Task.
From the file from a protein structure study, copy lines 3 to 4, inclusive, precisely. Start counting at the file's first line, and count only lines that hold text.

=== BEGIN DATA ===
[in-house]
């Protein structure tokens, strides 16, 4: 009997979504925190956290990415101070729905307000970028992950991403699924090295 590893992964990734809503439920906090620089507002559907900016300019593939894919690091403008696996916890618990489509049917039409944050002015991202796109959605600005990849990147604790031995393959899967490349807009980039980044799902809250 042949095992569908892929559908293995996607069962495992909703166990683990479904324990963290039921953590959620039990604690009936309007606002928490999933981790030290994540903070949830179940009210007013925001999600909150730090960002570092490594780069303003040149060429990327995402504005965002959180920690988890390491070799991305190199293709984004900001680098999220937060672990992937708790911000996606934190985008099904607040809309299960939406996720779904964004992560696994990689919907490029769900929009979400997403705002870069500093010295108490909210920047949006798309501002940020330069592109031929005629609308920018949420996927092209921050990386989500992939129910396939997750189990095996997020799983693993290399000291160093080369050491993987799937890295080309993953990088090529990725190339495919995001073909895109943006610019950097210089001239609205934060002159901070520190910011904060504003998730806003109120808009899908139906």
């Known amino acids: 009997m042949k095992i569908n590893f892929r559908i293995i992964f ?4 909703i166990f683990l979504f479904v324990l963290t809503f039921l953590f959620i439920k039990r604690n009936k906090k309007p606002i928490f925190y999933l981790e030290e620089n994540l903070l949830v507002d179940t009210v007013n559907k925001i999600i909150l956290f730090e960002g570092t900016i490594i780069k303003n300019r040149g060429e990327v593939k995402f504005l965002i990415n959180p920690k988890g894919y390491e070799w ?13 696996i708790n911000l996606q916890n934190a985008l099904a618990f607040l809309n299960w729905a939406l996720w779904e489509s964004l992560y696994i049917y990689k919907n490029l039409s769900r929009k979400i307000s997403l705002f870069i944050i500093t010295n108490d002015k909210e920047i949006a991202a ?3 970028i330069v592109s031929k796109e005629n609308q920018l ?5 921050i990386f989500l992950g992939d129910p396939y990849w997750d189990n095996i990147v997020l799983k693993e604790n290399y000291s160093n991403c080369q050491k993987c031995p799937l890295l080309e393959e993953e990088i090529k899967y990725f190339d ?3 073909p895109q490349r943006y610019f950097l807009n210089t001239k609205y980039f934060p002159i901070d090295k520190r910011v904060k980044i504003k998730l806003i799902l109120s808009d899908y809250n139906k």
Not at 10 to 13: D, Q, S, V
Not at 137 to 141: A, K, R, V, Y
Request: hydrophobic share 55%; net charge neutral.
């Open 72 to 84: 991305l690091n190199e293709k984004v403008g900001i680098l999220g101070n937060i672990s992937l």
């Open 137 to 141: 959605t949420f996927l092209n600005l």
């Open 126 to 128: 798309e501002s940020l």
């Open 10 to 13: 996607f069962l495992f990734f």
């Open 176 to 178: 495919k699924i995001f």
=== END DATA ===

């Known amino acids: 009997m042949k095992i569908n590893f892929r559908i293995i992964f ?4 909703i166990f683990l979504f479904v324990l963290t809503f039921l953590f959620i439920k039990r604690n009936k906090k309007p606002i928490f925190y999933l981790e030290e620089n994540l903070l949830v507002d179940t009210v007013n559907k925001i999600i909150l956290f730090e960002g570092t900016i490594i780069k303003n300019r040149g060429e990327v593939k995402f504005l965002i990415n959180p920690k988890g894919y390491e070799w ?13 696996i708790n911000l996606q916890n934190a985008l099904a618990f607040l809309n299960w729905a939406l996720w779904e489509s964004l992560y696994i049917y990689k919907n490029l039409s769900r929009k979400i307000s997403l705002f870069i944050i500093t010295n108490d002015k909210e920047i949006a991202a ?3 970028i330069v592109s031929k796109e005629n609308q920018l ?5 921050i990386f989500l992950g992939d129910p396939y990849w997750d189990n095996i990147v997020l799983k693993e604790n290399y000291s160093n991403c080369q050491k993987c031995p799937l890295l080309e393959e993953e990088i090529k899967y990725f190339d ?3 073909p895109q490349r943006y610019f950097l807009n210089t001239k609205y980039f934060p002159i901070d090295k520190r910011v904060k980044i504003k998730l806003i799902l109120s808009d899908y809250n139906k």
Not at 10 to 13: D, Q, S, V